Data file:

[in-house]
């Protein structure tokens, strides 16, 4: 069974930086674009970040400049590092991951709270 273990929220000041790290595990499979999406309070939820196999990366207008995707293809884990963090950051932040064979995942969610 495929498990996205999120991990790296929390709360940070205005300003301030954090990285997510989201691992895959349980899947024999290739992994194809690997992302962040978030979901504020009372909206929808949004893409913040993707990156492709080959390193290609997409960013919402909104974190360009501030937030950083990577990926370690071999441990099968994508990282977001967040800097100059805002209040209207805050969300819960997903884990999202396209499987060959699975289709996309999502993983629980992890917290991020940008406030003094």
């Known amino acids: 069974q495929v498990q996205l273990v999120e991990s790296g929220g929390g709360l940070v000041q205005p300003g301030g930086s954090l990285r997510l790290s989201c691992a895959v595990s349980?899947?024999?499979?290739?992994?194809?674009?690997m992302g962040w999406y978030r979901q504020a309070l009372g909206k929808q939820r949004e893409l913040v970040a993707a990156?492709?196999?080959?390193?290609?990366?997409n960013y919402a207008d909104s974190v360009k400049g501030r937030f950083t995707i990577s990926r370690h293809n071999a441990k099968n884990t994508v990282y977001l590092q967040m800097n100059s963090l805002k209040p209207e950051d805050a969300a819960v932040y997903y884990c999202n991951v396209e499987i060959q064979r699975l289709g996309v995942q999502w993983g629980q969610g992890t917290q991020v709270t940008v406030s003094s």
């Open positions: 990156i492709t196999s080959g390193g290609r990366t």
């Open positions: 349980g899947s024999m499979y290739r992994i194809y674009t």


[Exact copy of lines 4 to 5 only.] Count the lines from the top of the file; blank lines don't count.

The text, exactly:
């Open positions: 990156i492709t196999s080959g390193g290609r990366t």
């Open positions: 349980g899947s024999m499979y290739r992994i194809y674009t």